Released by Universal-International in 1957 and reissued by Universal Pictures in 1964, The Land Unknown received regular television play like the other Alland fifties titles but was oddly not given the Mystery Science Theater 3000 treatment despite seeming like a prime candidate. The film was released to VHS in 1994 and to DVD in 2007 as part of the The Classic Sci-Fi Ultimate Collection Volume 2 (which was repackaged with the first volume the following year as The Classic Sci-Fi Ultimate Collection Volumes 1& 2), and then a solo DVD-R edition as part of the Universal Vault Series line in 2013. The film's Blu-ray debut came from Germany's i-catcher Media in 2014 followed by a dual-format edition in the UK from 101 Films in 2017. Kino Lorber's 1080p24 MPEG-4 AVC 2.35:1 widescreen Blu-ray is derived from the same older master which seems to suffer from the limitations of the production more so than Universal's handling of their DVD-bound HD materials. The mismatching stock footage is more apparent here – unlike The Mole People, however, the significantly grainier color footage converted to black and white is restricted mainly to a film-within-the-film matted onto a project screen rather than being blown up here to Cinemascope, and back projection shots of the helicopter do not hold up well, while the obviousness now of the painted backdrops might actually be a plus for connoisseurs of special effects. Contrasts, on the other hand, are superior to the DVD transfer while edge enhancement is slight even when the image is zoomed in.


The English DTS-HD Master Audio 2.0 mono track is of the studio's standard, with clean dialogue, effects, and music (the better to appreciate the studio's other cost-cutting measure of employing stock music from their own library). Optional English SDH subtitles are included.


The film is accompanied by a new audio commentary by film historians Tom Weaver and David Schecter who traces the production from its origins as an aborted production by Charles Palmer (Reaching for Heaven) that eventually wound up with Universal and was initially conceived and announced as an Eastmancolor feature to be directed by Jack Arnold (Tarantula) featuring an all-star cast that was repeatedly scaled down and the idea of shooting in Eastmancolor discarded; whereupon, Arnold lost interest and it was handed over to Alland who did not want to do the production. Weaver notes that although Alland was looking for cost-cutting measures on his productions including stock footage, he thought director Vogel's economical choices hurt The Mole People but felt they could only help The Land Unknown which had already spend most of its budget on the film's effects (with Alland calling the tyrannosaurus rex an "embarrassment"). Weaver also provides a synopsis of a Universal synopsis of the acquired Palmer script and the differences, combining the elderly commander and the geophysicist into one character and discarding the love triangle between the brainy scientist and the brawny pilot over the commander's daughter. Schecter of the label Monstrous Movie Music appears briefly to discuss the various sources of Universal stock music in the score, and there are also some distracting vocal reenactments of lengthier quotations from Weaver's interviews and other quoted sources. The disc also includes an animated image gallery, the film's theatrical trailer, and trailers for six other Kino Lorber sci-fi titles.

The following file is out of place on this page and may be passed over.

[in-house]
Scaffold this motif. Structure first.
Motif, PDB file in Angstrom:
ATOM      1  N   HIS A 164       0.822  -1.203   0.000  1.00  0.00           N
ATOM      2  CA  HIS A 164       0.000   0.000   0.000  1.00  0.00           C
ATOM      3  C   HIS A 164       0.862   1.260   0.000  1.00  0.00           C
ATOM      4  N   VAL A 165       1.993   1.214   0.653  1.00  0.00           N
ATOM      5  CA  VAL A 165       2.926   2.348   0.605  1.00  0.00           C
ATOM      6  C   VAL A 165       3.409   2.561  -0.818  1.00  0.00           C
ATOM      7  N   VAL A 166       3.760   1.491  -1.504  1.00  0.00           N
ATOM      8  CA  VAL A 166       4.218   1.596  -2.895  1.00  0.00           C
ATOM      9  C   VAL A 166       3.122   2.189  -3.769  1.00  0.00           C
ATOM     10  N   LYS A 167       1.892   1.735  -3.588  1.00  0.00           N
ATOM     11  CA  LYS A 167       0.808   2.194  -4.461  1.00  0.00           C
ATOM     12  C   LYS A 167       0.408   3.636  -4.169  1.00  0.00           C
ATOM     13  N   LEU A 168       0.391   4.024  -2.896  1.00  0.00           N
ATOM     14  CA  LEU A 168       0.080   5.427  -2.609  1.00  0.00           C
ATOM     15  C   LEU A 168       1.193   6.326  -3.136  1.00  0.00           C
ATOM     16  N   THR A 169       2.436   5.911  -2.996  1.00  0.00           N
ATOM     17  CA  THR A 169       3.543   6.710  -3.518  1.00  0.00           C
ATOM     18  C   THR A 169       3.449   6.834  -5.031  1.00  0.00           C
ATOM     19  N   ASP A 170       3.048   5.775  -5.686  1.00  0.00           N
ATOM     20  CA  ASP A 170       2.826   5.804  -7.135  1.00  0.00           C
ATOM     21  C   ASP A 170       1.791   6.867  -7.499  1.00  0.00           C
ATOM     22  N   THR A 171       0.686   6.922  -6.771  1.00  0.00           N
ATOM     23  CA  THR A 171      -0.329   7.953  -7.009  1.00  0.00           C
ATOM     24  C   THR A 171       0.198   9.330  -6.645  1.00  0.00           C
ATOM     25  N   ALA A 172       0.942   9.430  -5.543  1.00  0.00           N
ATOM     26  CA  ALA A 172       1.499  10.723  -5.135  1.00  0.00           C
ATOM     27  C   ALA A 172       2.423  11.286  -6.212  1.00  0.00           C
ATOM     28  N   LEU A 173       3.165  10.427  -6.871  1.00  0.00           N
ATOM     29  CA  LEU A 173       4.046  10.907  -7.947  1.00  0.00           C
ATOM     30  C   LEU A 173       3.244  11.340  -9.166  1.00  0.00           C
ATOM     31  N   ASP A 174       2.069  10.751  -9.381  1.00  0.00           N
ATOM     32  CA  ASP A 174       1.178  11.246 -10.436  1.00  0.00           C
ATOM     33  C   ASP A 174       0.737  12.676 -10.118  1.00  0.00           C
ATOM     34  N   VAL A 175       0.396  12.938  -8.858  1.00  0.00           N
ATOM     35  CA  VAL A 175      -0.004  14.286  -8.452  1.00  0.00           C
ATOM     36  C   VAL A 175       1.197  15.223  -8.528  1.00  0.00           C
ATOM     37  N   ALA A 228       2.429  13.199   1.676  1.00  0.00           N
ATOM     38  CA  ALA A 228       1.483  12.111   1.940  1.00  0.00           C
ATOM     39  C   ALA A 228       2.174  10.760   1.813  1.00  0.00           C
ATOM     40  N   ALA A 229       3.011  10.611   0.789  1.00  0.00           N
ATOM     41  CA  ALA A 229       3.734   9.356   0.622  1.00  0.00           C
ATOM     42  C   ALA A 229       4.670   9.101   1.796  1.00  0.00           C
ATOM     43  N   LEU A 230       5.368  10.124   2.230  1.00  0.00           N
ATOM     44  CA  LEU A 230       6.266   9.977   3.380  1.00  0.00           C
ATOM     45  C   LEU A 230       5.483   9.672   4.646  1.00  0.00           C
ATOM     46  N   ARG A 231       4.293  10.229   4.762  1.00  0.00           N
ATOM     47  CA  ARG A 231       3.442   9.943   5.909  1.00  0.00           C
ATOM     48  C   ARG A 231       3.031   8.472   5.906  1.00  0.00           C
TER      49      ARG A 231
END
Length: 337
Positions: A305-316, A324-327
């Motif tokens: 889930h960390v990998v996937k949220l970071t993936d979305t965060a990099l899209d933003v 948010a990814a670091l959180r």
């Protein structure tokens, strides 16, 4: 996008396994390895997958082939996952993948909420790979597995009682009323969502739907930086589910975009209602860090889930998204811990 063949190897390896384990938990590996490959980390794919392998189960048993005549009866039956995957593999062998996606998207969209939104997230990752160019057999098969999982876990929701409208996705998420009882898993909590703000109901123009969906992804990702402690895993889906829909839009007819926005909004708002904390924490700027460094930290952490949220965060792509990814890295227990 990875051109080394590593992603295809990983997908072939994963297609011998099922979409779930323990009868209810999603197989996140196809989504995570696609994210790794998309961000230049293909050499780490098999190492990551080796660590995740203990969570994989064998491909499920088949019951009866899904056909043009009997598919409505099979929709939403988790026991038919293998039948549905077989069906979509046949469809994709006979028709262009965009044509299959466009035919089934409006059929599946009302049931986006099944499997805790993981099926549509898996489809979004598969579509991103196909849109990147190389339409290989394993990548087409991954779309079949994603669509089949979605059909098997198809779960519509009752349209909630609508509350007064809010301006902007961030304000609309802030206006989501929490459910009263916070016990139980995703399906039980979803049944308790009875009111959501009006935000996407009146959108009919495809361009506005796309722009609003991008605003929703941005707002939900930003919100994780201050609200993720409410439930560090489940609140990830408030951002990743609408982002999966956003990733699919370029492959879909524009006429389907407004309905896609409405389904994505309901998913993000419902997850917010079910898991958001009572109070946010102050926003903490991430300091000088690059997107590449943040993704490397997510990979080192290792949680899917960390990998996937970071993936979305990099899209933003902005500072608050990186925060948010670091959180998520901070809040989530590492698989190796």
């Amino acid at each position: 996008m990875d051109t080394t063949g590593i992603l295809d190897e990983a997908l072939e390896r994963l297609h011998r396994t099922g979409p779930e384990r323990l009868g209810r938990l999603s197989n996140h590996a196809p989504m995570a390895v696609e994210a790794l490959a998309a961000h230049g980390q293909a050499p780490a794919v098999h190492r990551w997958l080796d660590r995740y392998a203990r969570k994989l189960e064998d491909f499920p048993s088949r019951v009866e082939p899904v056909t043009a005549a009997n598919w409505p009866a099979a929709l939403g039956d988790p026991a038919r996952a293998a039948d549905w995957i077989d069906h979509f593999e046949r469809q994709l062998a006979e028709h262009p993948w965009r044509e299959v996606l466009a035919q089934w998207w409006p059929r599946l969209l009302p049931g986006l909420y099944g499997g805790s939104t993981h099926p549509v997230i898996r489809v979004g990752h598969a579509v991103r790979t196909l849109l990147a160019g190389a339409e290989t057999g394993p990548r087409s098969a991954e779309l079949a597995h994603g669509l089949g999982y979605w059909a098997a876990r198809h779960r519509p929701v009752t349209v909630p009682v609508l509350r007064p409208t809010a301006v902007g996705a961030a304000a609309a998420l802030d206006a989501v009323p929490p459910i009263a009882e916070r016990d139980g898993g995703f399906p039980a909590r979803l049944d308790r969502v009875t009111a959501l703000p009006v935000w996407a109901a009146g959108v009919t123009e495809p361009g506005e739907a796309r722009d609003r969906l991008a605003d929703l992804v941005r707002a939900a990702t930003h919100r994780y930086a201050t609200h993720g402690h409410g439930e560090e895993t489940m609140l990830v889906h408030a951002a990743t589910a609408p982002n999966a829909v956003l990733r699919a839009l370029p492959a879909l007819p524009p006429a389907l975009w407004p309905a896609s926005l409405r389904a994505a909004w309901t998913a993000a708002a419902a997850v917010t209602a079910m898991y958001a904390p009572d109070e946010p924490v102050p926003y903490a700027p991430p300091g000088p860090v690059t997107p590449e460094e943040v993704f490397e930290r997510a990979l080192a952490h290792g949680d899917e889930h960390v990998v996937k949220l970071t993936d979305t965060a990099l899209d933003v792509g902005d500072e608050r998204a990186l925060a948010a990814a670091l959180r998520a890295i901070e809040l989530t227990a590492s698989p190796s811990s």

The last but not the least of the Universal's fifties sci-fi boom from producer William Alland, The Land Unknown is an entertaining sci-fi cheapie